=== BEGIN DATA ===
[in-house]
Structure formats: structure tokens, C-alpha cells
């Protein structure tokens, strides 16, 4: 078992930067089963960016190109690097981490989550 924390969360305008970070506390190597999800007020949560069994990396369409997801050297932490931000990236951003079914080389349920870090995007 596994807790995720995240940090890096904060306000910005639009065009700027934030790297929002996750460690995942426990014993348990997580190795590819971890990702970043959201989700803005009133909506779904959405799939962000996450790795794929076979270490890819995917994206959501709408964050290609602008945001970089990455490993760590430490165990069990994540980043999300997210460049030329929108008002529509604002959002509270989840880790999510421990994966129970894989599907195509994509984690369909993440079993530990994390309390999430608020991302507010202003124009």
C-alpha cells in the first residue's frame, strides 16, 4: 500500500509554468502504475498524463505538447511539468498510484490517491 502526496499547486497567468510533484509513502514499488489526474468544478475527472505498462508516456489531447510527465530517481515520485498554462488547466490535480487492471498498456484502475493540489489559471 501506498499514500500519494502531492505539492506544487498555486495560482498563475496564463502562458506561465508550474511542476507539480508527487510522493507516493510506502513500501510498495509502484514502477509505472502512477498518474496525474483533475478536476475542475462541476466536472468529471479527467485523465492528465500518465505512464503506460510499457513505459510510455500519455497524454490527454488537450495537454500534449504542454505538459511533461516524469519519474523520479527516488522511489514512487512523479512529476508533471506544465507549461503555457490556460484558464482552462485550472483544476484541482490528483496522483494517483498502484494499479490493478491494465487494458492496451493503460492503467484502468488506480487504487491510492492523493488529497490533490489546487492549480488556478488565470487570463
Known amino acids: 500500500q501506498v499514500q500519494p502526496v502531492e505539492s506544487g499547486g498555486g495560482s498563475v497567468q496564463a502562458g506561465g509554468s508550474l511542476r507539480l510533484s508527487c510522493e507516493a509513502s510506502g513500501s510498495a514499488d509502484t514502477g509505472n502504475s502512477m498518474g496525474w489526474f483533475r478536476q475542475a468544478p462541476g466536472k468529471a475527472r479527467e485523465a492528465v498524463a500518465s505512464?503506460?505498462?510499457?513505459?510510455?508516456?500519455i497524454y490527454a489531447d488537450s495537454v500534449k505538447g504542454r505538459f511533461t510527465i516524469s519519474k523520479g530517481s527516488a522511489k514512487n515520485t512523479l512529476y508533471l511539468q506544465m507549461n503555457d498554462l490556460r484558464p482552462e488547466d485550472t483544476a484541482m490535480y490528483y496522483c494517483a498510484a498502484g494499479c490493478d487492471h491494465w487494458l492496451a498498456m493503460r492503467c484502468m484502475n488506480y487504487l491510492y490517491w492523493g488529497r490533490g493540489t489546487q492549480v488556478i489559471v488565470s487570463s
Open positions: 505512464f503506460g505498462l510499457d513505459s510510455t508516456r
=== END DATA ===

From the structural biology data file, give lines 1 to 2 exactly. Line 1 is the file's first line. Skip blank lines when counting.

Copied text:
[in-house]
Structure formats: structure tokens, C-alpha cells